It took a few years to realize that running a farm of that complexity is expensive despite best efforts to fund it. “Pro bono” management, the support of a few passionate donors, modest grant monies, and project-specific support from the Land Bank kept the tractor wheels turning but masked underlying capital and maintenance needs that were necessary for long-term sustainability and that would allow farm staff to do what it does best: farm efficiently with reliable staffing and up-do-date facilities.
As one source noted, “one of the main challenges every year has been trying to rise above the ‘barely squeaking by’ profit margin. Farm income plus donations barely cover operating expenses. This leaves little money for infrastructure or equipment upgrades. It also leaves little money for adequate pay for hard work. This is nothing new to any farmer.” Add to that the need to pay for an executive director (not always accomplished) and the challenge of three separate but conjoined entities trying to make good decisions under duress. Forgive the pun, but all of these chickens have now come home to roost.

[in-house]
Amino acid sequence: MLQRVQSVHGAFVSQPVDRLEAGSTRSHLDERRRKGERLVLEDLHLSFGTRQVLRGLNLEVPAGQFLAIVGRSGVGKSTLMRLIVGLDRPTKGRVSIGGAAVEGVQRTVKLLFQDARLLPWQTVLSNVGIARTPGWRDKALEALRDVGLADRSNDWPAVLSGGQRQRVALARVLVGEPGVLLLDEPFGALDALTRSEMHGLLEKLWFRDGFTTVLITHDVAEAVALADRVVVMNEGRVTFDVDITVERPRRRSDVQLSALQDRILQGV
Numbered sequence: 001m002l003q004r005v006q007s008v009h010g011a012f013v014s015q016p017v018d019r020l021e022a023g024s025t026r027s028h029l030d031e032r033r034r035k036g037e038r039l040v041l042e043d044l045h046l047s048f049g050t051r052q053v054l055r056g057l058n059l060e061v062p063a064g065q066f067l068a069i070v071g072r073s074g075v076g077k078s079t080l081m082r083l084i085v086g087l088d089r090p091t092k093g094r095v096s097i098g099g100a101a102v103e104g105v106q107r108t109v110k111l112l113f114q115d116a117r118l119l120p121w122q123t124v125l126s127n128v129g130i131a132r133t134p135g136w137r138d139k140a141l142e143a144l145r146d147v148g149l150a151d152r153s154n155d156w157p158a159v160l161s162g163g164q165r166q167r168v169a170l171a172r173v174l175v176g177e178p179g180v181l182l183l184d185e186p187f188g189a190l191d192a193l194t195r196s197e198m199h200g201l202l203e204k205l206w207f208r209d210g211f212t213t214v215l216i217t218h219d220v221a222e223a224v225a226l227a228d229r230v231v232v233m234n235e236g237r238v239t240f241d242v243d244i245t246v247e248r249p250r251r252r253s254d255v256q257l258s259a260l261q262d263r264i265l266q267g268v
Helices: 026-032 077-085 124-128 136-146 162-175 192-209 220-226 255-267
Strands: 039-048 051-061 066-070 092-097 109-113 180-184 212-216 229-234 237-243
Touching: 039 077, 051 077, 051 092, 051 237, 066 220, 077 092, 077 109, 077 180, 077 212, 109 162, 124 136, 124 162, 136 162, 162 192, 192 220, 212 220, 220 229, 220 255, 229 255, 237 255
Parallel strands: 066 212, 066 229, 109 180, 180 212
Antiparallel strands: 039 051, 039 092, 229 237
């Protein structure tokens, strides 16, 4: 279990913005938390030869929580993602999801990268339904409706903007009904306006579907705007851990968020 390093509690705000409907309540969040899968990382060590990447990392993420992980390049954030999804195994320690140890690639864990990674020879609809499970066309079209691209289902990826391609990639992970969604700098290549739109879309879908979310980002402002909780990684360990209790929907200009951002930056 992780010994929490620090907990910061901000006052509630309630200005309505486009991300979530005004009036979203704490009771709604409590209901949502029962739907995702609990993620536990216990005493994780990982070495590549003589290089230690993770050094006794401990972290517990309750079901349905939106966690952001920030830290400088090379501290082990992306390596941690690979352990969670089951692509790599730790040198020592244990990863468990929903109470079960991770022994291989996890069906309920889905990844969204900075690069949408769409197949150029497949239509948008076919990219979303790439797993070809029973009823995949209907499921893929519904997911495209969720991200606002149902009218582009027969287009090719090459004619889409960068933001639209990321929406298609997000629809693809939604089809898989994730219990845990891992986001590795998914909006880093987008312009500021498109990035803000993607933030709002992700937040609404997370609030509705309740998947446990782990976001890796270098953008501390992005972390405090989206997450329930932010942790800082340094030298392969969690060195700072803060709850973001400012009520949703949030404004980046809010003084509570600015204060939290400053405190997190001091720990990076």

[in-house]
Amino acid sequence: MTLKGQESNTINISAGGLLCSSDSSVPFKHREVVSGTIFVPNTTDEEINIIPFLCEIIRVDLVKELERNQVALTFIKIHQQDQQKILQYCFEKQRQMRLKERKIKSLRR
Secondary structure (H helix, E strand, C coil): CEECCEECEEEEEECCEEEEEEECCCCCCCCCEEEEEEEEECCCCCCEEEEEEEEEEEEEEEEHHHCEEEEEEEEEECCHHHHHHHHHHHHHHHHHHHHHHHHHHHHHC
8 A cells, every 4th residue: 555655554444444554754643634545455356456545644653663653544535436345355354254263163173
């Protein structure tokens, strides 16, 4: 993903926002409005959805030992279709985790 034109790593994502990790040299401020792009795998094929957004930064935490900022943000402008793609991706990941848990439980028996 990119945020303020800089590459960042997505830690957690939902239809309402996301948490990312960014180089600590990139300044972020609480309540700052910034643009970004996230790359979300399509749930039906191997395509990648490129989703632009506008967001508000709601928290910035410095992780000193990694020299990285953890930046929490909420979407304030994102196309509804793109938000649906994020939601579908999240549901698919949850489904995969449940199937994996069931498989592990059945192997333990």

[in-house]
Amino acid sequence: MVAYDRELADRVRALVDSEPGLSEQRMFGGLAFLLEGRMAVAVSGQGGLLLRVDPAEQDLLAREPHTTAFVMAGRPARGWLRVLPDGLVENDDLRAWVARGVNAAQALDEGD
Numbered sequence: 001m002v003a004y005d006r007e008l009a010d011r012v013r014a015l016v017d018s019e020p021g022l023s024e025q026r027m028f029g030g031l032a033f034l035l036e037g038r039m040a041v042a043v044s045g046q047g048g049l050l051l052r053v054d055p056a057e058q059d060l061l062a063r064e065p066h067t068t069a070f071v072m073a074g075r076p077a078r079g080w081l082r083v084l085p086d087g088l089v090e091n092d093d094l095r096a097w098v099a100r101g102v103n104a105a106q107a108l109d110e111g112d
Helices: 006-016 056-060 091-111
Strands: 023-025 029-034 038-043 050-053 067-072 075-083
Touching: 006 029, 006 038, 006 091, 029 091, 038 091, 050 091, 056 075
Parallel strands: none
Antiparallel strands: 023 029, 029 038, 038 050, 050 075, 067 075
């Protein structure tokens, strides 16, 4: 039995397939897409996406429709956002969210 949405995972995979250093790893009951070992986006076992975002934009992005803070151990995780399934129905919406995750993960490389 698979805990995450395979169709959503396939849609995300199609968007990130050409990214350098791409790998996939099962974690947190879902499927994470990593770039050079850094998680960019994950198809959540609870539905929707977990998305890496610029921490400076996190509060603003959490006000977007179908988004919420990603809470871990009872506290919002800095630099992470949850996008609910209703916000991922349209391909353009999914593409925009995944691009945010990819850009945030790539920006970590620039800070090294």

Records show that since 2009, the LB has invested about $240K in the farm, half in payroll and the other half in various services and maintenance. The case for more substantial infrastructure investment has been made for a number of years, according to sources, and was formally emphasized in a letter to the Land Bank dated May 26, 2016, from Charly Robinson, then executive director of CFS, and Symons. In it they write that “under present conditions, CFS is unable to guarantee that we can continue to operate the farm on a break-even basis. There are many reasons for this inability, some historical, some contemporary. The latter involve the fact that our dairy has yet to become legally certified (or certifiable), the lack of worker housing to enable us to employ sufficient farmhands to get the work done, the lack of facilities to carry out revenue-generating activities such as agricultural training, and the prevailing view among our customers that as a publicly-owned property, we are deemed a poor prospect for charitable giving. This means that in order for us to sign off on the LoA (Letter of Agreement), some very fundamental changes will need to be made . . .”
The Land Bank will extend the length of its regularly scheduled monthly meeting this coming Friday the 15th to accommodate public comment on the future of this Orcas Island institution. It takes place at the Mullis Community Senior Center in Friday Harbor (589 Nash St.) starting at 8:30 a.m.